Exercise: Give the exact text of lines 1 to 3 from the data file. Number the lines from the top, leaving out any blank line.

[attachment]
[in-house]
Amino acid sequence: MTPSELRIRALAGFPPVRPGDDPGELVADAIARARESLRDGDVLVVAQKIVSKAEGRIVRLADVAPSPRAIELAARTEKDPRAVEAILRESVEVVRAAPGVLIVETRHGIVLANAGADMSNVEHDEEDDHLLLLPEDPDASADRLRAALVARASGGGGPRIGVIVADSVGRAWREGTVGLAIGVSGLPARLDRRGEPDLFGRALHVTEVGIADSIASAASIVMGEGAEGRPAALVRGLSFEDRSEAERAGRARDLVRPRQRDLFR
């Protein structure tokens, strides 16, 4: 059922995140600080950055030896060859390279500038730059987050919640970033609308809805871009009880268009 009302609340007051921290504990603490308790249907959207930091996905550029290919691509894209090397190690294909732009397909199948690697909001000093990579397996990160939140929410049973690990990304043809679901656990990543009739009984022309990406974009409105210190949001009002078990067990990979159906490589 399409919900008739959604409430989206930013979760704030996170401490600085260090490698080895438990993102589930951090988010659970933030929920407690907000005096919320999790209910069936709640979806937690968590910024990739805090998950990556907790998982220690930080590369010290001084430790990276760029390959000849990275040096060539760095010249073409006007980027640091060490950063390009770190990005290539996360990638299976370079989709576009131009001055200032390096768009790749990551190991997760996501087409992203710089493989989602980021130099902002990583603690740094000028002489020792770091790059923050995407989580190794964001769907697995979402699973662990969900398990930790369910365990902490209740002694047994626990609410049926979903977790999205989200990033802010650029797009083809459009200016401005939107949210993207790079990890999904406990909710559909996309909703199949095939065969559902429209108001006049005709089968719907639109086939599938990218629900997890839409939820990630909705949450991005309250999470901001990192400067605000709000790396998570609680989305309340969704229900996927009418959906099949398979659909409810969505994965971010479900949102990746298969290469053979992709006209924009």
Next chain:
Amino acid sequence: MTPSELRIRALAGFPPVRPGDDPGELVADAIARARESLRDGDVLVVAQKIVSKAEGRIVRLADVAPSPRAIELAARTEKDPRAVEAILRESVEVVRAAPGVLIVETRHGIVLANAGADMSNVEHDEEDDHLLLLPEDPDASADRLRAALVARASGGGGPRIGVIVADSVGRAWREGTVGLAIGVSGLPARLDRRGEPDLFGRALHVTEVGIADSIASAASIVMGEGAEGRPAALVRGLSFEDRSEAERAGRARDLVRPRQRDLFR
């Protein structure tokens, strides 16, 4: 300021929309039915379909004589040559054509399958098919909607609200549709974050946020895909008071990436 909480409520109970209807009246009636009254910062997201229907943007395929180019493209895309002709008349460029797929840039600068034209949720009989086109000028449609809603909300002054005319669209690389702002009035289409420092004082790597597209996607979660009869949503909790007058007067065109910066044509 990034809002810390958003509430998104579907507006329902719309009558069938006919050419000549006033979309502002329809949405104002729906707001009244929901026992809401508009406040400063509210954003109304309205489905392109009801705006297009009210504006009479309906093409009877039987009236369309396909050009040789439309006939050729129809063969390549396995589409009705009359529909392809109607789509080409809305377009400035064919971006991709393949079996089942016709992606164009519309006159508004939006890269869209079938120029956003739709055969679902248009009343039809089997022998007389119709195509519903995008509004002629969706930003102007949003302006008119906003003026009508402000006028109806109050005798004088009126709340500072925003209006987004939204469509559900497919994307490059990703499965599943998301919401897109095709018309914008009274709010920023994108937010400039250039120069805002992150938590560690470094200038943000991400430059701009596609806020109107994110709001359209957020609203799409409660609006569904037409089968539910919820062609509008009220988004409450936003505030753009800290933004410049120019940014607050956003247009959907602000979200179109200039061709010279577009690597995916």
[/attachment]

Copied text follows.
[in-house]
Amino acid sequence: MTPSELRIRALAGFPPVRPGDDPGELVADAIARARESLRDGDVLVVAQKIVSKAEGRIVRLADVAPSPRAIELAARTEKDPRAVEAILRESVEVVRAAPGVLIVETRHGIVLANAGADMSNVEHDEEDDHLLLLPEDPDASADRLRAALVARASGGGGPRIGVIVADSVGRAWREGTVGLAIGVSGLPARLDRRGEPDLFGRALHVTEVGIADSIASAASIVMGEGAEGRPAALVRGLSFEDRSEAERAGRARDLVRPRQRDLFR
């Protein structure tokens, strides 16, 4: 059922995140600080950055030896060859390279500038730059987050919640970033609308809805871009009880268009 009302609340007051921290504990603490308790249907959207930091996905550029290919691509894209090397190690294909732009397909199948690697909001000093990579397996990160939140929410049973690990990304043809679901656990990543009739009984022309990406974009409105210190949001009002078990067990990979159906490589 399409919900008739959604409430989206930013979760704030996170401490600085260090490698080895438990993102589930951090988010659970933030929920407690907000005096919320999790209910069936709640979806937690968590910024990739805090998950990556907790998982220690930080590369010290001084430790990276760029390959000849990275040096060539760095010249073409006007980027640091060490950063390009770190990005290539996360990638299976370079989709576009131009001055200032390096768009790749990551190991997760996501087409992203710089493989989602980021130099902002990583603690740094000028002489020792770091790059923050995407989580190794964001769907697995979402699973662990969900398990930790369910365990902490209740002694047994626990609410049926979903977790999205989200990033802010650029797009083809459009200016401005939107949210993207790079990890999904406990909710559909996309909703199949095939065969559902429209108001006049005709089968719907639109086939599938990218629900997890839409939820990630909705949450991005309250999470901001990192400067605000709000790396998570609680989305309340969704229900996927009418959906099949398979659909409810969505994965971010479900949102990746298969290469053979992709006209924009």